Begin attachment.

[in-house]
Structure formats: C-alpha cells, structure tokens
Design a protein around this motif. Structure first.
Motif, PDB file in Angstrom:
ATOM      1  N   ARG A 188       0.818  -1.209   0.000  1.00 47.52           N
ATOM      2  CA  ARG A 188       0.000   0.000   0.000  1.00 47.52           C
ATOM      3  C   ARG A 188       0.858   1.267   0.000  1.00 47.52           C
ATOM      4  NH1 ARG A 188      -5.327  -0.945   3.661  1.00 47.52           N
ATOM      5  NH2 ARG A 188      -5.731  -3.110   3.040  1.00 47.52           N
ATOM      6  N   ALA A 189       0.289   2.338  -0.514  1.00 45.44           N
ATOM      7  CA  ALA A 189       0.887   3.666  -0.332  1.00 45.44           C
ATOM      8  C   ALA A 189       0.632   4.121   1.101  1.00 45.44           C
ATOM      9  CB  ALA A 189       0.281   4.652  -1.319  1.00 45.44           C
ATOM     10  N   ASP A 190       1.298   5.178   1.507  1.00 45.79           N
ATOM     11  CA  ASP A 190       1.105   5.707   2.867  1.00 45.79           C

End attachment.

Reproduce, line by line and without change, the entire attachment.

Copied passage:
[in-house]
Structure formats: C-alpha cells, structure tokens
Design a protein around this motif. Structure first.
Motif, PDB file in Angstrom:
ATOM      1  N   ARG A 188       0.818  -1.209   0.000  1.00 47.52           N
ATOM      2  CA  ARG A 188       0.000   0.000   0.000  1.00 47.52           C
ATOM      3  C   ARG A 188       0.858   1.267   0.000  1.00 47.52           C
ATOM      4  NH1 ARG A 188      -5.327  -0.945   3.661  1.00 47.52           N
ATOM      5  NH2 ARG A 188      -5.731  -3.110   3.040  1.00 47.52           N
ATOM      6  N   ALA A 189       0.289   2.338  -0.514  1.00 45.44           N
ATOM      7  CA  ALA A 189       0.887   3.666  -0.332  1.00 45.44           C
ATOM      8  C   ALA A 189       0.632   4.121   1.101  1.00 45.44           C
ATOM      9  CB  ALA A 189       0.281   4.652  -1.319  1.00 45.44           C
ATOM     10  N   ASP A 190       1.298   5.178   1.507  1.00 45.79           N
ATOM     11  CA  ASP A 190       1.105   5.707   2.867  1.00 45.79           C